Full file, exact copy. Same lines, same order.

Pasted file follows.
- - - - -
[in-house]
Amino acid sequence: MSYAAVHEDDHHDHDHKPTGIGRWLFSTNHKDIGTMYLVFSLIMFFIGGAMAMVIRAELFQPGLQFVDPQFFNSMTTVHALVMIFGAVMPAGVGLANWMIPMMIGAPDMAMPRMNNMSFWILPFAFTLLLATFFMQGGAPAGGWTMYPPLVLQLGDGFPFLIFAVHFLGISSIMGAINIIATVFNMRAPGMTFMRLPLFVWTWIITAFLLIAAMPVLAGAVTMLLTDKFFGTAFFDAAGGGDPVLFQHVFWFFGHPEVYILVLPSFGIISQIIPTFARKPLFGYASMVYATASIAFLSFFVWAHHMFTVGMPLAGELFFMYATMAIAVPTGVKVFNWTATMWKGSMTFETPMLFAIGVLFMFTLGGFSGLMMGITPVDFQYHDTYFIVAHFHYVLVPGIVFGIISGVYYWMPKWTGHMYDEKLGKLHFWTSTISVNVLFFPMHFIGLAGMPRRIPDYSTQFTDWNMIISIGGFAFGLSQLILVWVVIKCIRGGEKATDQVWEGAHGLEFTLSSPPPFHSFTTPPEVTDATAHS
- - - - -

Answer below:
[in-house]
Amino acid sequence: MSYAAVHEDDHHDHDHKPTGIGRWLFSTNHKDIGTMYLVFSLIMFFIGGAMAMVIRAELFQPGLQFVDPQFFNSMTTVHALVMIFGAVMPAGVGLANWMIPMMIGAPDMAMPRMNNMSFWILPFAFTLLLATFFMQGGAPAGGWTMYPPLVLQLGDGFPFLIFAVHFLGISSIMGAINIIATVFNMRAPGMTFMRLPLFVWTWIITAFLLIAAMPVLAGAVTMLLTDKFFGTAFFDAAGGGDPVLFQHVFWFFGHPEVYILVLPSFGIISQIIPTFARKPLFGYASMVYATASIAFLSFFVWAHHMFTVGMPLAGELFFMYATMAIAVPTGVKVFNWTATMWKGSMTFETPMLFAIGVLFMFTLGGFSGLMMGITPVDFQYHDTYFIVAHFHYVLVPGIVFGIISGVYYWMPKWTGHMYDEKLGKLHFWTSTISVNVLFFPMHFIGLAGMPRRIPDYSTQFTDWNMIISIGGFAFGLSQLILVWVVIKCIRGGEKATDQVWEGAHGLEFTLSSPPPFHSFTTPPEVTDATAHS